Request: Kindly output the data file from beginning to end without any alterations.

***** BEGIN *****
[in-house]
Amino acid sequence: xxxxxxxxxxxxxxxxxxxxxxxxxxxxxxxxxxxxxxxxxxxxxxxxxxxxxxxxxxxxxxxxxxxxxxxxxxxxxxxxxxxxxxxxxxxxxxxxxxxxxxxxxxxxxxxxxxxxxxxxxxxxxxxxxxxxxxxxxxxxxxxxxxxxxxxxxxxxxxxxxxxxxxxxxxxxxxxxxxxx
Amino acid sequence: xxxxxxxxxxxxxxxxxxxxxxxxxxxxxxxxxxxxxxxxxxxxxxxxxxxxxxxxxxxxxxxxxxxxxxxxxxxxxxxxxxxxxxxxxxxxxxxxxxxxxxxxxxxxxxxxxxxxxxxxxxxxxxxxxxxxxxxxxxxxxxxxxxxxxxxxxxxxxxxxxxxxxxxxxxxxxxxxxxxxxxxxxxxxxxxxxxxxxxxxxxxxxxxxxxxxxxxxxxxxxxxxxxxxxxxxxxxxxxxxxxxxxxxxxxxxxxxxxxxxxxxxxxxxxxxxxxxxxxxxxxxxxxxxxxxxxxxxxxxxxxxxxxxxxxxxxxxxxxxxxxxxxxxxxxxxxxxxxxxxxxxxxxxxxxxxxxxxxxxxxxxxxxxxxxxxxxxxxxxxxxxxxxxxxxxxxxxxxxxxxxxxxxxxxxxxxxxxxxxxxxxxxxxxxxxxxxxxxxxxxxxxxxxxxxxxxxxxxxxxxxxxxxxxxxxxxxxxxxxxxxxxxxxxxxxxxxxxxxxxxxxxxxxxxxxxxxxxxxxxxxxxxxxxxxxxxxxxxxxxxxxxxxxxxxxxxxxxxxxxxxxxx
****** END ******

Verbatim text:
[in-house]
Amino acid sequence: xxxxxxxxxxxxxxxxxxxxxxxxxxxxxxxxxxxxxxxxxxxxxxxxxxxxxxxxxxxxxxxxxxxxxxxxxxxxxxxxxxxxxxxxxxxxxxxxxxxxxxxxxxxxxxxxxxxxxxxxxxxxxxxxxxxxxxxxxxxxxxxxxxxxxxxxxxxxxxxxxxxxxxxxxxxxxxxxxxxx
Amino acid sequence: xxxxxxxxxxxxxxxxxxxxxxxxxxxxxxxxxxxxxxxxxxxxxxxxxxxxxxxxxxxxxxxxxxxxxxxxxxxxxxxxxxxxxxxxxxxxxxxxxxxxxxxxxxxxxxxxxxxxxxxxxxxxxxxxxxxxxxxxxxxxxxxxxxxxxxxxxxxxxxxxxxxxxxxxxxxxxxxxxxxxxxxxxxxxxxxxxxxxxxxxxxxxxxxxxxxxxxxxxxxxxxxxxxxxxxxxxxxxxxxxxxxxxxxxxxxxxxxxxxxxxxxxxxxxxxxxxxxxxxxxxxxxxxxxxxxxxxxxxxxxxxxxxxxxxxxxxxxxxxxxxxxxxxxxxxxxxxxxxxxxxxxxxxxxxxxxxxxxxxxxxxxxxxxxxxxxxxxxxxxxxxxxxxxxxxxxxxxxxxxxxxxxxxxxxxxxxxxxxxxxxxxxxxxxxxxxxxxxxxxxxxxxxxxxxxxxxxxxxxxxxxxxxxxxxxxxxxxxxxxxxxxxxxxxxxxxxxxxxxxxxxxxxxxxxxxxxxxxxxxxxxxxxxxxxxxxxxxxxxxxxxxxxxxxxxxxxxxxxxxxxxxxx